I like to think I'm not a tourist but a traveler. It's essentially the same thing I guess but it doesn't feel nearly as nerdy. In St. Thomas, we obviously weren't locals—we weren't that tan. But it was enough to not be associated with the dweebs from the cruise ships, who descended upon a beach en masse. All the hair braiders and trinket sellers and taxi drivers would then follow them around like an entourage. We were pretty invisible to the entourage because we brought our own beers from the market and roasted in the sun on our towels instead of renting beach chairs. I.E, we were on the broke plan. But the sun and the sand are free so it wasn't really any problem for us.
It wasn't a bad thing when the cruise shippers came around, it made for fantastic people watching, but I never got over seeing those giant ships. They were a cause for deep awe—something that seemed to defy physics and the laws of nature. Just ... a lot of people in one place at one time.
We took an open-air bus through the cool jungle to the national park on St. John. Lance has sunscreen in his beard.
This is a hell of a place to endure a hangover. We moved very little. The sun and salt water left us tired and toasted.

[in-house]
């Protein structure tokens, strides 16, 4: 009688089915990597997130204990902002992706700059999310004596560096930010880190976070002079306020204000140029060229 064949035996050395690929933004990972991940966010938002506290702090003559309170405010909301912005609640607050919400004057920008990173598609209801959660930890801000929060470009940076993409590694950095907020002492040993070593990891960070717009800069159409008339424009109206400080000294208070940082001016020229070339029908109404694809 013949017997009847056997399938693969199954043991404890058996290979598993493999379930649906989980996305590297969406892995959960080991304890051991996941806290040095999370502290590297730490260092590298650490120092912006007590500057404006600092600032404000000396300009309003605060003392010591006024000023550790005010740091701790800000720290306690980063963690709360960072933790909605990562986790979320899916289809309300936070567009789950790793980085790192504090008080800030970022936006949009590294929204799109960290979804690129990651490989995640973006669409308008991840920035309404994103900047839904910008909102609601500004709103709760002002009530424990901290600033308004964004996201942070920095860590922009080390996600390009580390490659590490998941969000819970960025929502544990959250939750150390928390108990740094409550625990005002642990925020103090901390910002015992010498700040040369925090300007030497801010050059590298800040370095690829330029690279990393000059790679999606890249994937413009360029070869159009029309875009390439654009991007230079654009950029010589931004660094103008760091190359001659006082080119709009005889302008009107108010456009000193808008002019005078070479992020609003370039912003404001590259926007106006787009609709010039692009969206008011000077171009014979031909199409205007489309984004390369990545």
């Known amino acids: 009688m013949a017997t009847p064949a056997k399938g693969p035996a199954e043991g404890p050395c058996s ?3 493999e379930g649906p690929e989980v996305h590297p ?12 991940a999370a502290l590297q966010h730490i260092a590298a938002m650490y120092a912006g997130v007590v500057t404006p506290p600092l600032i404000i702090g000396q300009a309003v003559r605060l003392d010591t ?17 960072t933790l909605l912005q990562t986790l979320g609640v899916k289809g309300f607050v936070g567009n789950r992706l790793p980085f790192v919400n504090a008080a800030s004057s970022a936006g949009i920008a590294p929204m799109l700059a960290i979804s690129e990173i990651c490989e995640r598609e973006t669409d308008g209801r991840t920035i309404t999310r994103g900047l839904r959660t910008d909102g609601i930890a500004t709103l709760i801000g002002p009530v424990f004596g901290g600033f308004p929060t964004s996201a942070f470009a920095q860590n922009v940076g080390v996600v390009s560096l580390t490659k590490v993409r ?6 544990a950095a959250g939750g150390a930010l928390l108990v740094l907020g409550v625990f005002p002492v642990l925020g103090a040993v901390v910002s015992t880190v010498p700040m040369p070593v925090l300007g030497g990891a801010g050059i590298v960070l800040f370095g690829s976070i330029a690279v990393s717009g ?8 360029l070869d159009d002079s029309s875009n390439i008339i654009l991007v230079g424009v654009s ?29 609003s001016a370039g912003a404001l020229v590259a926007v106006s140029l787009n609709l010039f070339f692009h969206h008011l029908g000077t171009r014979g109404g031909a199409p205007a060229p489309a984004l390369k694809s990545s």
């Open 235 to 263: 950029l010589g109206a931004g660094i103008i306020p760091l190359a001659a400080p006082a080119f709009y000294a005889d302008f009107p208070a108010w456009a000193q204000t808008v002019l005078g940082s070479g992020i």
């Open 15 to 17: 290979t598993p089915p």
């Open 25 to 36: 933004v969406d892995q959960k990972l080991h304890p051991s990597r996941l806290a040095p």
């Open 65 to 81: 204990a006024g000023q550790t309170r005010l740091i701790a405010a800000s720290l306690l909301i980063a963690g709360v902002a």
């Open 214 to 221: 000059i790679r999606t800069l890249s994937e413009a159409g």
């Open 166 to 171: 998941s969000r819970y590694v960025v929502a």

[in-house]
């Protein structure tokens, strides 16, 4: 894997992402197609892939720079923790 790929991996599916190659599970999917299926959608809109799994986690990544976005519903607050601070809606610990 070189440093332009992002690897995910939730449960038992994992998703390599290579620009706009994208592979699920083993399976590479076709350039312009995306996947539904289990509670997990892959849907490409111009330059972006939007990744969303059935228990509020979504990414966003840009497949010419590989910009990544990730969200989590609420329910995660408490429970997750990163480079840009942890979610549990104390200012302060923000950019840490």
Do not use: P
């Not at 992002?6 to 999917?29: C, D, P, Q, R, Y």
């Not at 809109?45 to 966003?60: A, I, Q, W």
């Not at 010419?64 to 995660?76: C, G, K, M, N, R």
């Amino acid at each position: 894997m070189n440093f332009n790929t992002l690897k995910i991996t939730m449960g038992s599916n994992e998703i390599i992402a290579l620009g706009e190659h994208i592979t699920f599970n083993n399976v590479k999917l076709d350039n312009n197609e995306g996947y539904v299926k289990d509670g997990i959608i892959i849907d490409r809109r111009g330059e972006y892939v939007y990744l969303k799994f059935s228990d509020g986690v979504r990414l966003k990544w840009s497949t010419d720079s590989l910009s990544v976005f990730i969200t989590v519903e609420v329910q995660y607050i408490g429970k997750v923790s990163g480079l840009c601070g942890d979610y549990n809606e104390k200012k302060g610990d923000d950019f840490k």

The ferry from St. Thomas to St. John.
We hopped on a sail boat one day to go snorkeling in a few new locales and met some nice folks along the way.
Being on the boat was great because you didn't have to do anything, just sit there and take in the deal spread out before you.
I'm pretty sure he's pointing out a sea turtle?
Hawksnest Beach. I loved it for its emptiness. This is also where we snorkeled by a nurse shark and a gaggle of squid.
Charlotte Amalie, the capital of St. Thomas.
Taking 100 steps one step at at time.
Ships lanterns, painted cobalt.
Lance has a little thing for pirates. This is pretty much his dream beer.
I just love how they cut holes in the portico for the tree. I like to think I would've done the same.